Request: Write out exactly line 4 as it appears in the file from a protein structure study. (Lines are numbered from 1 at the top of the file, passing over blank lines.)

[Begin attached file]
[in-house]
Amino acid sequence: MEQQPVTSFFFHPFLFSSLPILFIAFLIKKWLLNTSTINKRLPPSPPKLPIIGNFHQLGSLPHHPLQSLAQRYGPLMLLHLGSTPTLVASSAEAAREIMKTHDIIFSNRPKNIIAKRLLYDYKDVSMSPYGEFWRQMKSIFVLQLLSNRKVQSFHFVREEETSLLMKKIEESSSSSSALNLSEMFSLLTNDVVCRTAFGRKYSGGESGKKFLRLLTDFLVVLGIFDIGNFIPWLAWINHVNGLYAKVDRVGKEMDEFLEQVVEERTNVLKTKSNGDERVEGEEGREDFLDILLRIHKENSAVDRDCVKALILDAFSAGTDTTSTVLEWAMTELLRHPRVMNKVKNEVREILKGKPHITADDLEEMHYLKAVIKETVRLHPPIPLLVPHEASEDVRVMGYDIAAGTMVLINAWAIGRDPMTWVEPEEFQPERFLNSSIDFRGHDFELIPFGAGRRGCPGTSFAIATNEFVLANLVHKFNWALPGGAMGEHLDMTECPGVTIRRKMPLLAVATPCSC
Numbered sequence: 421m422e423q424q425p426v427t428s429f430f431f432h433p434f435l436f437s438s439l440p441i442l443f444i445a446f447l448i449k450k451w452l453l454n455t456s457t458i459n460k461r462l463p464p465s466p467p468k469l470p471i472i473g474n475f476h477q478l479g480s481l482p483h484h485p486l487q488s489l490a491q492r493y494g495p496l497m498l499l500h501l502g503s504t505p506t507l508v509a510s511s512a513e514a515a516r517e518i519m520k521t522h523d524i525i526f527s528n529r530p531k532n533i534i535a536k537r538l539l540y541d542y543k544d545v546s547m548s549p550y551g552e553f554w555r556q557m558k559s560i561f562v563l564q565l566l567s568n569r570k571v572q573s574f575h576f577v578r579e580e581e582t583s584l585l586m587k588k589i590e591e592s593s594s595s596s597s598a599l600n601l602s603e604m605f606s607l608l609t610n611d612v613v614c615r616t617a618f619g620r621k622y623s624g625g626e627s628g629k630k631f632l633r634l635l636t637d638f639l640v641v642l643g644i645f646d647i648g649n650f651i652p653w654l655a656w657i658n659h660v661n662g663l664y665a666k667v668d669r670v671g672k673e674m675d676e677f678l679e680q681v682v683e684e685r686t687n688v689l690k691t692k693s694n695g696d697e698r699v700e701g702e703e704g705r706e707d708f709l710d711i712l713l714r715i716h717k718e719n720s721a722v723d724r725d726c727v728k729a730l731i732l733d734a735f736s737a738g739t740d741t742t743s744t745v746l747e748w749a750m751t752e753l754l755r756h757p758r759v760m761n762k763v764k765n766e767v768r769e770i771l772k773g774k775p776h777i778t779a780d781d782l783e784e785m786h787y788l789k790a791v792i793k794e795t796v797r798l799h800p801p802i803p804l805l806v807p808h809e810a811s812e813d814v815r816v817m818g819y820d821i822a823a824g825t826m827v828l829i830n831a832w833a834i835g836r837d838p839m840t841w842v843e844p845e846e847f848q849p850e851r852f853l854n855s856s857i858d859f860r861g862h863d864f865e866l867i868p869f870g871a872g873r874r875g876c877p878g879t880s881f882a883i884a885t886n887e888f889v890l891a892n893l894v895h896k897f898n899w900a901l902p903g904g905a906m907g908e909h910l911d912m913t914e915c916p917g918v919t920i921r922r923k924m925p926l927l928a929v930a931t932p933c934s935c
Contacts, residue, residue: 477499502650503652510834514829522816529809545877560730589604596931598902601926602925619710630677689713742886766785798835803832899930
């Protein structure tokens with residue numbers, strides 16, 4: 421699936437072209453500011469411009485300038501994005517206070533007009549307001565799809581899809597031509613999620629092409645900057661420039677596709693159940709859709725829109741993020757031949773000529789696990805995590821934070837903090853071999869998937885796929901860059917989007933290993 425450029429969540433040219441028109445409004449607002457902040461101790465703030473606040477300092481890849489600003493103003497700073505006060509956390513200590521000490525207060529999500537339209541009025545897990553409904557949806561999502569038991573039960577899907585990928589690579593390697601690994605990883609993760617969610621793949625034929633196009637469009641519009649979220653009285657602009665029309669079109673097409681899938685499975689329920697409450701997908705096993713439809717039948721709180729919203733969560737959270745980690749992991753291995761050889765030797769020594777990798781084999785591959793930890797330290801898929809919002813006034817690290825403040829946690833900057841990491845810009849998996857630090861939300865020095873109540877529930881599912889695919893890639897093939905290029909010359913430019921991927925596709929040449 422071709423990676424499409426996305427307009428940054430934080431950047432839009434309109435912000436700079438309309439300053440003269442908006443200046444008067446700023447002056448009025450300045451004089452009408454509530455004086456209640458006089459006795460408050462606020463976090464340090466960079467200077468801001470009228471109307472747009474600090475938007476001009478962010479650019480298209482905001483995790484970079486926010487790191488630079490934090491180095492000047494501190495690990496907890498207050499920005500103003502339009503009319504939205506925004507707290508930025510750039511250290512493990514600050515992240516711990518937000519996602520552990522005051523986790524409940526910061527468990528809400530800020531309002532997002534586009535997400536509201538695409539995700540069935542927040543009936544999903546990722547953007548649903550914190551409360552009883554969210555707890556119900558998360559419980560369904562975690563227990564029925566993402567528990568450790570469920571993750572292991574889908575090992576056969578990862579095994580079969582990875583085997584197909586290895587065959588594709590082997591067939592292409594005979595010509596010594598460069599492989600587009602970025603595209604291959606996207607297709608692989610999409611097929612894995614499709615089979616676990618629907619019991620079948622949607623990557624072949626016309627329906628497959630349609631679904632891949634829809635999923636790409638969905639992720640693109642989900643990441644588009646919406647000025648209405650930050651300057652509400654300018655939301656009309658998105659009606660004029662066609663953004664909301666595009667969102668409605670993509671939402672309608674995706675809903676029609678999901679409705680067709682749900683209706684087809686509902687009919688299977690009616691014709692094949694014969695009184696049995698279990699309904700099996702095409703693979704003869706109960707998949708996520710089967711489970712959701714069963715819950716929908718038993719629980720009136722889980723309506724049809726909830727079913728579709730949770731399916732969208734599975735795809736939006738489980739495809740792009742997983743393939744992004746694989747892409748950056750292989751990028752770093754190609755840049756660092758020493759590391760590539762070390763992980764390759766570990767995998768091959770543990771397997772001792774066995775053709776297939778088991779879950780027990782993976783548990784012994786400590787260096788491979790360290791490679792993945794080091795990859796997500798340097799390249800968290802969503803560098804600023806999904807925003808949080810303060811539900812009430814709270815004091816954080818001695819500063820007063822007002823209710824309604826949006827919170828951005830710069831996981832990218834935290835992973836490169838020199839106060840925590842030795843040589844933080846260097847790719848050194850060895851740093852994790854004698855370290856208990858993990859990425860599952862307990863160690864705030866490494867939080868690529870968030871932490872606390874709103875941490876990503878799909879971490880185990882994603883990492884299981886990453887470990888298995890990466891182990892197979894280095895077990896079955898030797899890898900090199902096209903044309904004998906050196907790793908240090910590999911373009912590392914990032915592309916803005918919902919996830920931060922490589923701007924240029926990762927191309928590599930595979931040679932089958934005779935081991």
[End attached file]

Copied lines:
Contacts, residue, residue: 477499502650503652510834514829522816529809545877560730589604596931598902601926602925619710630677689713742886766785798835803832899930